Every have one of those days when getting out of the house seems nearly impossible?
I couldn’t find my keys this morning and of course I was running late. And no I can’t just change myself into a bat. That only happens in fiction.
I’m scouring the house but nothing. Then I heard a throat clearing. I turned around and behind me is the Ghost, damn him, with my keys.
“I believe I have something of yours.” He said that with a nasty curl of his lip then flicked a lock of black hair out of his eyes.
I reached for the keys and they vanished, along with the ghost.
I let out a string of not so nice words (the kind moms pretend not to know) and then tried to sense where he could have gone.
Off of the bookshelf I grabbed the box with all of the spare keys. Does anyone else have keys to cars, doors and safe boxes they don’t even remember?
Anyway I grabbed the spare keys to my car and yelled, “If you don’t give me my keys back I’ll pour a bottle of Pinesol on your grave. I’ll pour a gallon on it.”
“I know where your grave is Nigel. I looked you up. I know all about you.”
I heard a clang as the keys dropped on the tile floor of the kitchen. I picked them up and headed for the front door.
He stood there waiting for me. “How’d you find out where my grave is?”
“I don’t even know your last name. How would I know where your grave is?” I looked at him with such calm as his eyes narrowed and threatened to turn me to ice.
“You’re a Vampire and a liar,” he snarled at me.
“And I’m really good at being both.” Then I smiled and headed out the door.
Anyway, tell your kids that lies and bad words are not acceptable…of course unless you’re dealing with a ghost.
~ Juliette aka Vampire Maman
I remember when my kids were babies I used to read blogs and articles that gave useless advice to busy moms. They’d say things like “take a bubble bath” or “have a date night” and I’d wonder who the crap they were writing for. Spa days? Really? I mean it. Get real. And while you’re at it F-off.
None of those writers ever said “Watch Pulp Fiction for the 50th time” or “Have a stiff cocktail with good booze.” One night when I was at the end of my rope I watched The Hangover” all by myself. Yes, I love movies as much as I love making stuff up.
On Friday nights we’d have Friday Night Opera Bath. I’d turn on the Public Radio and we’d listen to opera. To this day the kids still don’t like opera. They think I’m quaint. But one day they’ll thank me for it.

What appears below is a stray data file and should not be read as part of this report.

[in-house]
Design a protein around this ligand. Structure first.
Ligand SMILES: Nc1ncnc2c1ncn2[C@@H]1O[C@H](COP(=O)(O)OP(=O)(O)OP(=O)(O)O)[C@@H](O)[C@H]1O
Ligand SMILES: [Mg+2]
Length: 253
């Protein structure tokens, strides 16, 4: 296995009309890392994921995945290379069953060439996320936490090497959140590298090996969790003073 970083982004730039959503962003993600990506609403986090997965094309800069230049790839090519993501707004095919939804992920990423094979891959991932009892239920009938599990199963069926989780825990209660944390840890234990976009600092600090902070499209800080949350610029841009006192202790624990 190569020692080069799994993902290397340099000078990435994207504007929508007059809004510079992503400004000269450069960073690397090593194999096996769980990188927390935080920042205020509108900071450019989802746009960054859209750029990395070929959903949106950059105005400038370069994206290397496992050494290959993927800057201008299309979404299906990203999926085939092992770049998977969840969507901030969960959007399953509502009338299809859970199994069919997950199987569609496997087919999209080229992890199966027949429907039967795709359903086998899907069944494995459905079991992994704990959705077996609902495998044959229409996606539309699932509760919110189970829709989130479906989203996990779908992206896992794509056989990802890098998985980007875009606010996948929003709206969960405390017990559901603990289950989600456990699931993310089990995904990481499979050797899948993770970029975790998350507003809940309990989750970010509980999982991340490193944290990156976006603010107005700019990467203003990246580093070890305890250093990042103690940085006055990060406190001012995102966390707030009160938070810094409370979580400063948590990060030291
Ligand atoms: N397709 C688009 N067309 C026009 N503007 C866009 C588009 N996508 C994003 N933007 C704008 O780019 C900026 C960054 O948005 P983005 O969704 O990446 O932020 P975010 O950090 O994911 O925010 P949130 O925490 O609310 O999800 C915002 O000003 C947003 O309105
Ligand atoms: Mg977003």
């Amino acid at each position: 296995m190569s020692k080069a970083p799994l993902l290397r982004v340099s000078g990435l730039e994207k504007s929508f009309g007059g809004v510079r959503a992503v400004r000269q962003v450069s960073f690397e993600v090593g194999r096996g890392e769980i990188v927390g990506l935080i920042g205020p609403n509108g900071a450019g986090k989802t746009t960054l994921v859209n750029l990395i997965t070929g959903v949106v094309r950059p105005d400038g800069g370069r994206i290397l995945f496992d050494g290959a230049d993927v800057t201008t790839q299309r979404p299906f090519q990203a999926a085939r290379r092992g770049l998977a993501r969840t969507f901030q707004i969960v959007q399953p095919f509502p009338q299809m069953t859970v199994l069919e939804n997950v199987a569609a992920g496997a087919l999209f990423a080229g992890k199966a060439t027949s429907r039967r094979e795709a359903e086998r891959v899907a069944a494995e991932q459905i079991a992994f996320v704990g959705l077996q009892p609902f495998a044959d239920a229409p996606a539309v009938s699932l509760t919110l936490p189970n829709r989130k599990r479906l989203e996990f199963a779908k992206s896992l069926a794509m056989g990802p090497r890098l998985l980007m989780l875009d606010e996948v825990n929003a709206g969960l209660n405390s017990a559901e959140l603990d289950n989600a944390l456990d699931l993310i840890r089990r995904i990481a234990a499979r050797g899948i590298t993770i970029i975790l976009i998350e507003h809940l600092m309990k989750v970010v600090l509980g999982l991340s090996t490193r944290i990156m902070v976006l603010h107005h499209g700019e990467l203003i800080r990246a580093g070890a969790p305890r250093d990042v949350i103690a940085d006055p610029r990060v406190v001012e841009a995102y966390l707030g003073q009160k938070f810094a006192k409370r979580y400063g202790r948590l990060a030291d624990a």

I still listen to opera when I’m driving late at night alone.
So why DO mom’s drive their kids around so much, even moms who work full-time (like me) and don’t seem to have a moment to spare?
Driving is our alone time. It is our time to think and unwind and let our minds go free.
If I’m in a tub full of bubbles someone, a child, a husband, a cat, will come in wanting something. When I’m in the car, in the driver’s seat I’m in control. It is my time.
It is also quality family time. It is time that kids and parents can talk and nobody can say “I gotta go”. One can’t just step out on the freeway going 65 or 70 mph.
Dad’s’ need time too. Don’t expect your man to be around 24/7 building things and fixing things. He needs his time too (even if it includes opera or sports or whatever.)
And since it is a myth that Vampires turn themselves into bats…I know I can sit outside with a book and in the quiet of the night watch the little guys fly around behind my house. Books and bats usually do the trick…until everyone shows up, but I don’t mind that. The conversation is always good, at least around my house.
But walks and gym time work the same way. It is time away. We all need our own away time, even if it just in our minds.
~ Juliette aka Vampire Maman
Old images on glass – daguerreotypes and ambrotypes are like ghosts in that they vanish into thin air then come back again. The directness of the first portraits from the 1840’s & 50’s brings them to life unlike later paper or tin images.
These images are like early holograms – more 3D than 2.
Like ghosts they are difficult to capture with a modern camera or even with the naked eye.
And unlike with paper these glass images captured a little piece of soul to say hello to the generations to come and say rather elegantly “we were here.”